Artist's commonplace book
“It seems that I was always destined to be deeply concerned with vultures, for I recall as one of my earliest memories, that while I was in my cradle, a vulture came down to me, opened my mouth with his tail and struck me many times with it's tail against my lips.” [link]
Sex and death
Just as trees bear their fruit before winter, just as bamboo grass produces it's seed before it withers, sex is simply a struggle with death on a human level. Thus, an erotic impulse without a definite object can be said to be the hope of a man on the verge of death for human recovery. The proof of this is that erotism flourishes amongst soldiers. An increase in the number of erotics among townspeople is an indication that in the cities, and in the nation itself, there will be a greater number of deaths. [link]
Animals who procreate, die. Their relatively short life span is somehow connected to with their procreation. Nature conquers death not by creating eternal organisms but by making it possible for ephemeral ones to procreate. Evolutionarily this seems to have made it possible for really complex organisms to emerge in the place of simple---and almost literally eternal---self-dividing ones... But now the rub for man. If sex is a fulfilled of his role as an animal in the species, it reminds him that he is nothing himself but a link in the chain of being, exchangeable with any other and completely expendable himself. Sex represents, then, species conscious and, as such the defeat of individuality, of personality. [link]
All throughout his childhood he had been very fond of playing parts in front of a mirror. Now in front of the mirror he continued to play parts, but in this one special instance he allowed himself to become absorbed in the part he played (to be spontaneous). This he felt was his undoing. The parts he played in front of the mirror were always woman's parts. He dressed himself up in his mothers clothes, which had been kept. He rehearsed female parts from the great tragedies. But then he found that he could not stop playing the part of a woman. He caught himself compulsively walking like a woman, talking like a woman, even seeing and thinking as a woman might see and think. [link]
James told of how, when walking on a summer evening in the park alone, watching couples make love, he suddenly began to feel a tremendous oneness with the whole world, with the sky and trees and flowers and grass - with the lovers too. He ran home in a panic and immersed himself in his books. He told himself he had no right to this experience, but more than that he was terrified at the threatened loss of identity in this merging and fusion of his self with the whole world.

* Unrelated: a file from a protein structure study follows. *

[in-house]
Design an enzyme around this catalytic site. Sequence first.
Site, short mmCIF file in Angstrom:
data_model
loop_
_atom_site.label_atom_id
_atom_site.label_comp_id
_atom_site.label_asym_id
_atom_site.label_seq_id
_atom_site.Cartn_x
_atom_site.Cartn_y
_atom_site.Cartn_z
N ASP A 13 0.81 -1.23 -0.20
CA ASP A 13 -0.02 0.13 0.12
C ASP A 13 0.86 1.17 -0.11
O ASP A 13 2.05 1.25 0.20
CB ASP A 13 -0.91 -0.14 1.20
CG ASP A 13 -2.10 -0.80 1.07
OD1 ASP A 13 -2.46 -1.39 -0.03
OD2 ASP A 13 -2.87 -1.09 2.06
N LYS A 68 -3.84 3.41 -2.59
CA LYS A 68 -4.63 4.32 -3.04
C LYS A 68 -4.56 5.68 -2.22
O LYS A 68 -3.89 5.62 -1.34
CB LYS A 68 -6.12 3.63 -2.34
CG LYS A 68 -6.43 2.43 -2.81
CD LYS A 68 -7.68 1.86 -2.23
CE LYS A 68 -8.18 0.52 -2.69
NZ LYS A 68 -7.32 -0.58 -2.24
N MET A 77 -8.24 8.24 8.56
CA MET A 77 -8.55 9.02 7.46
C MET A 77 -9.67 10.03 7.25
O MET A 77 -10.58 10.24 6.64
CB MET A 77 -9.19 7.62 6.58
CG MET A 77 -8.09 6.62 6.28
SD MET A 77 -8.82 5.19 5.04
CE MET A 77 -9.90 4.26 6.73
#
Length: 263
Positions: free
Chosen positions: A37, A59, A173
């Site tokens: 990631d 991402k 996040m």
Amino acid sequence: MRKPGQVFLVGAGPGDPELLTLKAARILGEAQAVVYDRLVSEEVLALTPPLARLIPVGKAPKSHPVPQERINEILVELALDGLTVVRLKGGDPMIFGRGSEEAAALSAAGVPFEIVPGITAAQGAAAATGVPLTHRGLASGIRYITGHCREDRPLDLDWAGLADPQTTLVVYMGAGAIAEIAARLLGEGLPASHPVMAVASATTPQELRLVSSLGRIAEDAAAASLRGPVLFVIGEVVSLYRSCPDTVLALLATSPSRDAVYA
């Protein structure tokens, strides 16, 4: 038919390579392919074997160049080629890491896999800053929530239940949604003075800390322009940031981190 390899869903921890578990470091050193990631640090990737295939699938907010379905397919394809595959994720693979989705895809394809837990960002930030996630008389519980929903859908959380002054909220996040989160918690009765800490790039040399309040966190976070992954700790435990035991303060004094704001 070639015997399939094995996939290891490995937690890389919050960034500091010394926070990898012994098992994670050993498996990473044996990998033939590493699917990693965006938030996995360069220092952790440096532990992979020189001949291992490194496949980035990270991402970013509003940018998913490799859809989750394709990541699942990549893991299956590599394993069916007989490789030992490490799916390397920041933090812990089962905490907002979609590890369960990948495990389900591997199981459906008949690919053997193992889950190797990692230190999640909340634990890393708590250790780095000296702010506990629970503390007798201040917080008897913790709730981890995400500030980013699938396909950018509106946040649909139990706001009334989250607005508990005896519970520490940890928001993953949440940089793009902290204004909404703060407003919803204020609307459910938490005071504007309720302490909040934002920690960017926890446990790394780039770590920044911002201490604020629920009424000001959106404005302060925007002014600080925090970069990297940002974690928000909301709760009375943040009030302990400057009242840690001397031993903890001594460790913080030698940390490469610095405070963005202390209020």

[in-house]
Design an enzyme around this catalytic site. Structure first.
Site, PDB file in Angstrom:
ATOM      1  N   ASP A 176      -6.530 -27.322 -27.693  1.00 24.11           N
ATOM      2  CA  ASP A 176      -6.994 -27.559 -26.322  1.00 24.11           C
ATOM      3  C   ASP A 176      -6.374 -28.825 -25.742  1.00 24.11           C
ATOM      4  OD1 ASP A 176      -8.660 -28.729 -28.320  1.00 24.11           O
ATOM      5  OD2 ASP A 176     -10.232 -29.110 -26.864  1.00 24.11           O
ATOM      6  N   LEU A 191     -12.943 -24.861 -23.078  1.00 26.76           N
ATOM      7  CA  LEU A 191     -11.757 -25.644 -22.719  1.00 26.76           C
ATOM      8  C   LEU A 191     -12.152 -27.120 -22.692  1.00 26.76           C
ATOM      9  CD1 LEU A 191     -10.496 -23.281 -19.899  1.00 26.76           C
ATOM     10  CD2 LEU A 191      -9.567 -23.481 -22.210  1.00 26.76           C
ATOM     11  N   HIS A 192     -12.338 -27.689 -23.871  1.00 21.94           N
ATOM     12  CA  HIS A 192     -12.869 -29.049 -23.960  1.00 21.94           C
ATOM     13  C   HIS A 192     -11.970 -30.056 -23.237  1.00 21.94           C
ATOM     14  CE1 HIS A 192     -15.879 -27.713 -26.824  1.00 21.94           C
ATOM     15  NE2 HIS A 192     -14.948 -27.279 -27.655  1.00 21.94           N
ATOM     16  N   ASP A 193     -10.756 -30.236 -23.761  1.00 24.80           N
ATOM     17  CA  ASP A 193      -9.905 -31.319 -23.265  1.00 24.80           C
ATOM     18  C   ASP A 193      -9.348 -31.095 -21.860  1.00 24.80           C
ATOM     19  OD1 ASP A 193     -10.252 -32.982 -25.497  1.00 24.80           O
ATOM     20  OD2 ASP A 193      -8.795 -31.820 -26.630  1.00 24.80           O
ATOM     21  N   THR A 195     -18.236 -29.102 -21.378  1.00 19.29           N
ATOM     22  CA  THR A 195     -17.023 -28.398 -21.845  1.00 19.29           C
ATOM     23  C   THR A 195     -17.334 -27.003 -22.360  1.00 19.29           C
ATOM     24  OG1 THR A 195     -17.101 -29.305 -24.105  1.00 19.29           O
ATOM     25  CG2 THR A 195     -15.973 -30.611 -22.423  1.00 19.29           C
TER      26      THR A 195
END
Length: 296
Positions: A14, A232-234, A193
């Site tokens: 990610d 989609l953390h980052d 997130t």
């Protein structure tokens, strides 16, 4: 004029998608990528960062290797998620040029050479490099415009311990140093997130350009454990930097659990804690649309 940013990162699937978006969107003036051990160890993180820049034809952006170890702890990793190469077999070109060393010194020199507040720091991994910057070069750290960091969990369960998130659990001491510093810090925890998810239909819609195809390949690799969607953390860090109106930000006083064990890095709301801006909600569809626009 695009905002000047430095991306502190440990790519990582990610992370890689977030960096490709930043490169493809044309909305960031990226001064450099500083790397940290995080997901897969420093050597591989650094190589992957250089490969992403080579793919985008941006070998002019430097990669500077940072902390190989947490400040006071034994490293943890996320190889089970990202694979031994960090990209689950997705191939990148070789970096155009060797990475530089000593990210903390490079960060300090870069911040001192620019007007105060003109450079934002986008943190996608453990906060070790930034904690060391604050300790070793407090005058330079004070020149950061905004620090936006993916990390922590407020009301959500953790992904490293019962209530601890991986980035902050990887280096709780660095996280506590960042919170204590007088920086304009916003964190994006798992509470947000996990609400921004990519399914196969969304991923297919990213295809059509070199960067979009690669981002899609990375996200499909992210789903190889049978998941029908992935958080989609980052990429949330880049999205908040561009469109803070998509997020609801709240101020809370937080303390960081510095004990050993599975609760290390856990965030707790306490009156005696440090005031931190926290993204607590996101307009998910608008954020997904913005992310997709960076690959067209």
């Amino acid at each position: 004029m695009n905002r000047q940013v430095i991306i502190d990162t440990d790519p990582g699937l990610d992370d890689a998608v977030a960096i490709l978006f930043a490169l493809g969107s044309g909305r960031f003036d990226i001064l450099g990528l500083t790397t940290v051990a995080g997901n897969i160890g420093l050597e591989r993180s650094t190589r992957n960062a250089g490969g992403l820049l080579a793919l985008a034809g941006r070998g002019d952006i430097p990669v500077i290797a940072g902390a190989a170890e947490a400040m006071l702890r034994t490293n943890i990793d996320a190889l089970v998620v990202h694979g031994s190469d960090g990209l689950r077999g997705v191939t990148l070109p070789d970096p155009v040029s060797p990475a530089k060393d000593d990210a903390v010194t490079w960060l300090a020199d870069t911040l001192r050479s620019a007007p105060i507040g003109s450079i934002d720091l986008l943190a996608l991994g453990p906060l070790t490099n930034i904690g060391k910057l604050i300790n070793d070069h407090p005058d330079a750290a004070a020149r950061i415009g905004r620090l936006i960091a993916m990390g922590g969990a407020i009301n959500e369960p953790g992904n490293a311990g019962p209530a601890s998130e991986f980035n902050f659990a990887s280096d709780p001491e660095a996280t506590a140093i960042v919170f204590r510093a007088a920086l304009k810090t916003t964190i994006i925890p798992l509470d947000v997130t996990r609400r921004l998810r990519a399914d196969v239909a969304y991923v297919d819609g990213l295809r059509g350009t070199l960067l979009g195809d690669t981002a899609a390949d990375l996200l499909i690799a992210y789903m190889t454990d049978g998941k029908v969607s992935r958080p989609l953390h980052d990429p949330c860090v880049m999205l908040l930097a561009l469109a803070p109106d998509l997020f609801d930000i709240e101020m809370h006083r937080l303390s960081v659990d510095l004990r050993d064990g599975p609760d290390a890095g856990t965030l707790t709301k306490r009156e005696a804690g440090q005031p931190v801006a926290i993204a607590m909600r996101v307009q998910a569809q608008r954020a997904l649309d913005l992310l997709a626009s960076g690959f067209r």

'I forgot myself at the Ice Carnival the other night. I was so absorbed in looking at it that I forgot what time it was and who and where I was. When I suddenly realized I hadn't been thinking about myself I was frightened to death. The unreality feeling came. I must never forget myself for a single minute. I watch the clock and keep busy, or else I won't know who I am.'
I peered into the mirror. A man I did not know looked coolly back at me. Indeed not the slightest detail would make one think that it is me. The colour, the lustre, the feeling were all successful - a perfect disguise. Yet, what in heaven's name was this emptiness? Perhaps it was the fault of the mirror - the lighting seemed somewhat unnatural - at once I opened the shutters and let in the daylight.
On seeing and being seen...
“In seeing there is love, in being seen there is abhorrence. One grins, trying to bear the pain of being seen. But not just anyone can be someone who only looks. If the one who is looked at looks back, then the person who was looking becomes the one who is looked at.”
During the luckless 1980 season, season-ticket-holding fans of the New Orleans Saints football team began to appear at the stadium wearing paper bags to conceal their faces. As their team suffered loss after loss, more and more fans donned the bags until TV cameras were regularly able to record the extraordinary image of gathered masses of people shrouded in brown paper with nothing to identify them but the tips of their noses.
A distant dream village enshrouded by mist - a settlement that seemed lost among the trees, where I remember spending several days. But precisely because a picture frame was attached to it, it seemed a landscape, and because I was convinced it was a landscape, it became transparent.
If the frame was removed, the mist would be quite ordinary.